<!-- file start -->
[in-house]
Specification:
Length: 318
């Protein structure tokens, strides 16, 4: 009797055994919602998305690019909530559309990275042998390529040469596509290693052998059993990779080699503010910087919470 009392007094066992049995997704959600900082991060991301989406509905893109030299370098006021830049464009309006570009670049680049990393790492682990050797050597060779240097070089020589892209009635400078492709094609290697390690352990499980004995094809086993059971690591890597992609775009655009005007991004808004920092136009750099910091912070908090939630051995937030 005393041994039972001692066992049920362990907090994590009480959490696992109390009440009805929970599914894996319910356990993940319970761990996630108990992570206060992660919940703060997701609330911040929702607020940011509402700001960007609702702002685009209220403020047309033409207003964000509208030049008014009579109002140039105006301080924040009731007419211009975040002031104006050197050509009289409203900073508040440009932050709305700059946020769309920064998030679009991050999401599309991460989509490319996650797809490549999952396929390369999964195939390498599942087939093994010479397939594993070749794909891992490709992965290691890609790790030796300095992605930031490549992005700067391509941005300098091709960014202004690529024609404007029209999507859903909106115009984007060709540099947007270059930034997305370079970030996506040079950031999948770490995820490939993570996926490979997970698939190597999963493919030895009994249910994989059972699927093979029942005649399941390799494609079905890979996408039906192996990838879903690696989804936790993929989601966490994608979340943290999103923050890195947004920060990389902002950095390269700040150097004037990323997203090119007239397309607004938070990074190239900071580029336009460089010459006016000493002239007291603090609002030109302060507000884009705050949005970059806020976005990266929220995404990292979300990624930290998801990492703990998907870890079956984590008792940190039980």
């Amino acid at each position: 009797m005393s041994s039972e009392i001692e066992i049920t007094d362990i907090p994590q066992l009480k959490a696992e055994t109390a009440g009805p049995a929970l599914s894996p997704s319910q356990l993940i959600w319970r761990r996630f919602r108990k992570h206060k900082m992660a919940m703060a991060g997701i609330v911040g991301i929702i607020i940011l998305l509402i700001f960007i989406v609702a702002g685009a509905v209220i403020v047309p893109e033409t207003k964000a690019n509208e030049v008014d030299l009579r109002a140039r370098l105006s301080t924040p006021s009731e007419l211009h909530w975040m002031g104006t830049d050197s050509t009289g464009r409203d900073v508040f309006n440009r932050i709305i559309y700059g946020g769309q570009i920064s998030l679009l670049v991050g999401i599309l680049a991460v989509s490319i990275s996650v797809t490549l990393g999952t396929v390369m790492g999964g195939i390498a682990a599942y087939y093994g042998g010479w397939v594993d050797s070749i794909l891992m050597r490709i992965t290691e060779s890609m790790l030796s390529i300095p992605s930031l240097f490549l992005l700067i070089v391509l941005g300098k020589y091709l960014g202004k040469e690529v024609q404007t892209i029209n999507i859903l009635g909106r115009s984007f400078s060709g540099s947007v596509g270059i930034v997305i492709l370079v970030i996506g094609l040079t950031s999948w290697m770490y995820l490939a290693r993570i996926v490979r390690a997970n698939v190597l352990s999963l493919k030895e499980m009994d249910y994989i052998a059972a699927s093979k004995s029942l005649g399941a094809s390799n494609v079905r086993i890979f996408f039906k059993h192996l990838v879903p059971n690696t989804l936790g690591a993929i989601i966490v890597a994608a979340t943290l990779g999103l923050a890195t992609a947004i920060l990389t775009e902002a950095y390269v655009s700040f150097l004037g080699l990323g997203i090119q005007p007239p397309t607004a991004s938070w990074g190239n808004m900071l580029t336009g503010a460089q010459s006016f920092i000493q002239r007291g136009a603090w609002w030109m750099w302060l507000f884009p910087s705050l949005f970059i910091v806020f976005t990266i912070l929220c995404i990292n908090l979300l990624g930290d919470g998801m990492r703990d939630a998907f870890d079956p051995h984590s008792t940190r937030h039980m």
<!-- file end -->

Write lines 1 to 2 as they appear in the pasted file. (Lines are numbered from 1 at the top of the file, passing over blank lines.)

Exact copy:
[in-house]
Specification: